A user's search history can be compared with other users to identify similar search patterns. Close matches may be used to add (or suggest being added to the user) search groups common to the parties and/or even create a new search group for the matched users. As it may be inferred the matched users have similar tastes, it creates the possibility for social or business networking by allowing the users to communicate with each other (email, on-line messaging or the like) to discuss their mutual interests. This also provides another effective basis for determining which suggestions listing to place seeded suggestions.

If a user's pattern of search activity (queries and results) has similarities with those of particular search groups, the user may automatically be added or invited to join the search group. Similarly seeded suggestions may also be placed in suggestions listings of search groups of users whose search behavior corresponds to those of the search group members.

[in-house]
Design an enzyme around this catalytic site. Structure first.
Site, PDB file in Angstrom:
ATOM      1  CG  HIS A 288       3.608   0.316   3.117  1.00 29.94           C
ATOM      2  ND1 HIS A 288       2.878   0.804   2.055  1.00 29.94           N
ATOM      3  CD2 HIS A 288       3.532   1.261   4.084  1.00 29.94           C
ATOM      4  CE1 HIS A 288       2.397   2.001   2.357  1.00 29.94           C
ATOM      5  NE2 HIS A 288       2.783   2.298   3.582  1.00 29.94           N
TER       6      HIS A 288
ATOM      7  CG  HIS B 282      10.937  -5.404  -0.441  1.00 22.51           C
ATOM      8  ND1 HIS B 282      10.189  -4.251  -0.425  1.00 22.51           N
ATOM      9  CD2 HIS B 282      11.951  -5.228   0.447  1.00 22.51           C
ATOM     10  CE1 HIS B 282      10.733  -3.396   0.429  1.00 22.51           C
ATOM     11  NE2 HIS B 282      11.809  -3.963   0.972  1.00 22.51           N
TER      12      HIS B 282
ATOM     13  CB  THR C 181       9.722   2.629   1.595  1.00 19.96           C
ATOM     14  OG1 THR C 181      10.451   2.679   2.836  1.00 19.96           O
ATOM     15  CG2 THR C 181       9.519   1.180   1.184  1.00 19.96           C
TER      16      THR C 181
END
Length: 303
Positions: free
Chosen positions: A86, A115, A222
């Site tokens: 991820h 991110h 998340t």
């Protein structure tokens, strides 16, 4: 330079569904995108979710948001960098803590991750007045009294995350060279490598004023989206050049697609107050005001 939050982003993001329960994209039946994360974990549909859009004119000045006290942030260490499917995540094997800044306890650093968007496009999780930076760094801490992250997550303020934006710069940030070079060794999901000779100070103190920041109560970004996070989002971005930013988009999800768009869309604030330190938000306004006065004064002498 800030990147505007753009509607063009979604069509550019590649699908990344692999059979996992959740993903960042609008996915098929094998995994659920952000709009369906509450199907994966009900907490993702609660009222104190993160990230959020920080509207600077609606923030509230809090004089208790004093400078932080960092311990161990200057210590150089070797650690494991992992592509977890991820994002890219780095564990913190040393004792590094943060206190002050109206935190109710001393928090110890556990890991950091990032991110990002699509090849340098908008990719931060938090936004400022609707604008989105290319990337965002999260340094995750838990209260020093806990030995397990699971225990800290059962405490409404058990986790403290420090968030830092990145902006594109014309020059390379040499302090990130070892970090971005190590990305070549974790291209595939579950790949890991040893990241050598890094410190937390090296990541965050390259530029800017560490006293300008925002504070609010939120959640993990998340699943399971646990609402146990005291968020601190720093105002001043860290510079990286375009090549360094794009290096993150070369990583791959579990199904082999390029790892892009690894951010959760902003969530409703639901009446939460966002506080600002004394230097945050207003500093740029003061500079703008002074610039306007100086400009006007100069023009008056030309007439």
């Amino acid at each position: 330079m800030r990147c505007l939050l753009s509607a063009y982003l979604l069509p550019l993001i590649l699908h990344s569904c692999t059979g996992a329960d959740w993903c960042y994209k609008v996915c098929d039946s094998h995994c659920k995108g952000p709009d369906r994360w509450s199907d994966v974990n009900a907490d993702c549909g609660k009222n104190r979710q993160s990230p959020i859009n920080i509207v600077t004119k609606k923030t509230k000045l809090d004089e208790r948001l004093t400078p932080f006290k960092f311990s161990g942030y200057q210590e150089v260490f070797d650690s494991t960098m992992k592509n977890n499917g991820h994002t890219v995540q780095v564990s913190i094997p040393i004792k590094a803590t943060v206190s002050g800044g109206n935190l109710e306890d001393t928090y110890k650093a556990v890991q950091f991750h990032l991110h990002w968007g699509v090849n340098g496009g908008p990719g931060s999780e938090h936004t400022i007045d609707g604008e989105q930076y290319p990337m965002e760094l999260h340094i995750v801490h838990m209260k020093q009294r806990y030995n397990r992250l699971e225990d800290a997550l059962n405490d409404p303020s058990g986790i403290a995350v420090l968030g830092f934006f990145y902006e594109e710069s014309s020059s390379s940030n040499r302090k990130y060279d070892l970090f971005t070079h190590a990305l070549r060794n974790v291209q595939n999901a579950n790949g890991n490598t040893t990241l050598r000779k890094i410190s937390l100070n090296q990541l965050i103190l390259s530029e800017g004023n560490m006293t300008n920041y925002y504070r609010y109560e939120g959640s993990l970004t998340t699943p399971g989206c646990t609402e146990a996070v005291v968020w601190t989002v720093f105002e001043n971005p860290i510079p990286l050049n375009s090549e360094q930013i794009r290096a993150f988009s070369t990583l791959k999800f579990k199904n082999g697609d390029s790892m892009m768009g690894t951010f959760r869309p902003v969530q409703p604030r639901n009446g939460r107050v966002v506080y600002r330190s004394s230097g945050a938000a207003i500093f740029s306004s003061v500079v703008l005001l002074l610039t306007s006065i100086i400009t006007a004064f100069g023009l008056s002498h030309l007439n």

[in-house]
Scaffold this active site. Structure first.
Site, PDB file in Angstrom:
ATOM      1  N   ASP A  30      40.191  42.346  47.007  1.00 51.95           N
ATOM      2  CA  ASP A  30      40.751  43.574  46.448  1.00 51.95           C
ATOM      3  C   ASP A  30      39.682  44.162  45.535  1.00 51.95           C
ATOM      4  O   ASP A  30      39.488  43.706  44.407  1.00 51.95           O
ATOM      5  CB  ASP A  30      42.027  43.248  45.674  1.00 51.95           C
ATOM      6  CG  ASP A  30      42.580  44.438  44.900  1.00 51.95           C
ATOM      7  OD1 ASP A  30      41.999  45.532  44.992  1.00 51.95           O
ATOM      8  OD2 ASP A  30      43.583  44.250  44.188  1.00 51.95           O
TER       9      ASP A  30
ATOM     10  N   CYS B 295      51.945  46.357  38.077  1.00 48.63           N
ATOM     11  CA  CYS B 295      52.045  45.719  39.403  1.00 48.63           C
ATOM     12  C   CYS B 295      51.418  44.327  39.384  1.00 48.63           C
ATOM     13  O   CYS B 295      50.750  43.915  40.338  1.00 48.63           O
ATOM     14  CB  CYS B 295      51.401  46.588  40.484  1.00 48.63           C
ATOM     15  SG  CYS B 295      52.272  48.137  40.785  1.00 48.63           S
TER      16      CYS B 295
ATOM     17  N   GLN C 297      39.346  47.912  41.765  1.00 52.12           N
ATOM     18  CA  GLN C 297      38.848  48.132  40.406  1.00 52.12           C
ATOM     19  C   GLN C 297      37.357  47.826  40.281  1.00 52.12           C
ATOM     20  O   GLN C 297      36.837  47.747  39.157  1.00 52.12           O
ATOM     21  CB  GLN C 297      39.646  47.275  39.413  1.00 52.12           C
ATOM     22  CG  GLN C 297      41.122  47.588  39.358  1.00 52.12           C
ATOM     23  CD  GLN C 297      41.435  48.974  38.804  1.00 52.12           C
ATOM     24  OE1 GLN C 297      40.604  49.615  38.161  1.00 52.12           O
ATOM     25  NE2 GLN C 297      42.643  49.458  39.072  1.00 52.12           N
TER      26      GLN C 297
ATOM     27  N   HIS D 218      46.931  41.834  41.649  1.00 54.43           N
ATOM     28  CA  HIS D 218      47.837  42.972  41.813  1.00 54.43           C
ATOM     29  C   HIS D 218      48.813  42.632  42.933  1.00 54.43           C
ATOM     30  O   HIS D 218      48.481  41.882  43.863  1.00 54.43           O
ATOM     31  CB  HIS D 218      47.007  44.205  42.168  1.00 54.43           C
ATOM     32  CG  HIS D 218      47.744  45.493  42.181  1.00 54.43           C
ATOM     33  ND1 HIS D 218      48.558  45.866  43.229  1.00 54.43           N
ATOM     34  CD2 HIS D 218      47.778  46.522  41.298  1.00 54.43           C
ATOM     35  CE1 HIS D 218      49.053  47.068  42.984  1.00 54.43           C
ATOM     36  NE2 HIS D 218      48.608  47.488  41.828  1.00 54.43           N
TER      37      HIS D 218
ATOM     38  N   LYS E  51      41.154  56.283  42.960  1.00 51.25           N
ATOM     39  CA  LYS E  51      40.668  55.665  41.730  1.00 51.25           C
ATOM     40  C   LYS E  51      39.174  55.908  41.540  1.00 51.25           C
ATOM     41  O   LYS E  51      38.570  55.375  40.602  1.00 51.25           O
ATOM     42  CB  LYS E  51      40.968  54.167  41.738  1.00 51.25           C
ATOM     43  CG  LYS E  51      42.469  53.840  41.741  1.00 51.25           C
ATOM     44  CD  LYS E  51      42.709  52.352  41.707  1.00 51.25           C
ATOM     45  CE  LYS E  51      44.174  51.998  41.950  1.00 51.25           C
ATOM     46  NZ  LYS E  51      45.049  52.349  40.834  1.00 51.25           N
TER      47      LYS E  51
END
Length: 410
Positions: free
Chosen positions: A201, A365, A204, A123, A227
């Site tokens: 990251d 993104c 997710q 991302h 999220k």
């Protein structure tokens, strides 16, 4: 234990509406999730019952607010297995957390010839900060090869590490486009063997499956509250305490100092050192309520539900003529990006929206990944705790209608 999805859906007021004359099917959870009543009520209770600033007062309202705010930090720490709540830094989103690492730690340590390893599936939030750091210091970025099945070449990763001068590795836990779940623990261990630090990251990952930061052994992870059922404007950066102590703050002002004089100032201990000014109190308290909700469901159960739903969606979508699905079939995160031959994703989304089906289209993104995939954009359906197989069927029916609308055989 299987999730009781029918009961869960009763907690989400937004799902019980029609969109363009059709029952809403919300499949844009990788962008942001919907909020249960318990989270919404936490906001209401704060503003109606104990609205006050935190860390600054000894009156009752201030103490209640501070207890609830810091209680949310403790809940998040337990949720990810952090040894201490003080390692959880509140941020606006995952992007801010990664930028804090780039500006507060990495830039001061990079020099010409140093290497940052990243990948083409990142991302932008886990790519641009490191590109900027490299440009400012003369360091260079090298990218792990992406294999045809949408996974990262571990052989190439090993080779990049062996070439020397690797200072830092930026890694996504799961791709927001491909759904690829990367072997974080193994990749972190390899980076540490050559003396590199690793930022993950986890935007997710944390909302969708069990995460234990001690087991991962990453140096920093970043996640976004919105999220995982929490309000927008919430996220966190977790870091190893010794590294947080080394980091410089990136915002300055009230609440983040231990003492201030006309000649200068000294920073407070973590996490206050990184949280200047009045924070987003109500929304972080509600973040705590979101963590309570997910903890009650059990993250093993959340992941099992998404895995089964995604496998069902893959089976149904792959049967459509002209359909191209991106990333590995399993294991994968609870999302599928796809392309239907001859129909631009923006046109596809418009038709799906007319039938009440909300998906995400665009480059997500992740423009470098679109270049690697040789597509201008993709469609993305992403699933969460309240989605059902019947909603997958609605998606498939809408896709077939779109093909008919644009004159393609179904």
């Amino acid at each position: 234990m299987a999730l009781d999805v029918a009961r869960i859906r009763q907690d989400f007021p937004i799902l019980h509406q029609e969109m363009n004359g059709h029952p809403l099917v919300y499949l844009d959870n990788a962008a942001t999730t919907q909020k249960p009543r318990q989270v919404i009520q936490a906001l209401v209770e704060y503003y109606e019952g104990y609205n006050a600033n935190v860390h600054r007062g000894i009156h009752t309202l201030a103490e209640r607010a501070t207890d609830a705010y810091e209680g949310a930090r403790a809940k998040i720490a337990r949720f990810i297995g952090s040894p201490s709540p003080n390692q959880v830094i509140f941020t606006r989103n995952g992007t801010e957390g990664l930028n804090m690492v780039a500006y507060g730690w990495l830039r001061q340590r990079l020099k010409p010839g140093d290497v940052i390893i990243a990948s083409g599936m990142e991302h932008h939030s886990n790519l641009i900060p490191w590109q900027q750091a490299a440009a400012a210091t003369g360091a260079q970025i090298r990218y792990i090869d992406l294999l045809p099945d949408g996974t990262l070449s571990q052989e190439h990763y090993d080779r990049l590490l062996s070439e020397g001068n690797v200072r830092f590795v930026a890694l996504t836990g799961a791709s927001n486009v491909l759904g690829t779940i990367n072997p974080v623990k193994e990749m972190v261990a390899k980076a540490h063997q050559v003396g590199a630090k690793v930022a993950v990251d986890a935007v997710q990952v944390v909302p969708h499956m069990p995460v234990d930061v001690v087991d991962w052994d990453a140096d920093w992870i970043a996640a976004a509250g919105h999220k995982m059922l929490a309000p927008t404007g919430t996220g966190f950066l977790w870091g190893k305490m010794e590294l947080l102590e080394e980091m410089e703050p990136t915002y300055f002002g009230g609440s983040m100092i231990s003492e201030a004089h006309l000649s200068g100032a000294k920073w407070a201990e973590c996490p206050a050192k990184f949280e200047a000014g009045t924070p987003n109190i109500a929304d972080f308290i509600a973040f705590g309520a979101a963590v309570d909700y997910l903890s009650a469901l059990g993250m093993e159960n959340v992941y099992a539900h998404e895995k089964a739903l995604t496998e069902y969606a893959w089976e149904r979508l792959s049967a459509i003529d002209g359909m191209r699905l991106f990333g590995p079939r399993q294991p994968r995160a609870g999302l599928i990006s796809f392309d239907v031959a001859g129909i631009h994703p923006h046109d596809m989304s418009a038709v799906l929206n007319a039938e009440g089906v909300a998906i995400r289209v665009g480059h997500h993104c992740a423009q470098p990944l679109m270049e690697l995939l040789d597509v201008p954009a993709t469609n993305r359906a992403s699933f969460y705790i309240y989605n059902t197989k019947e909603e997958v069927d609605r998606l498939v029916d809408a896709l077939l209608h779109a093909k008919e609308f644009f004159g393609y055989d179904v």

In a further embodiment of the adaptive search engine, the initial filters applied by the search engine are selected according to one or more context indicators. Thus, according to a further aspect, the present invention provides a search engine substantially as described above, wherein initial selection of said filter is either user-selected or calculated from one or more predetermined relationships incorporating at least one context indicator related to characteristics of the user, the filter or both.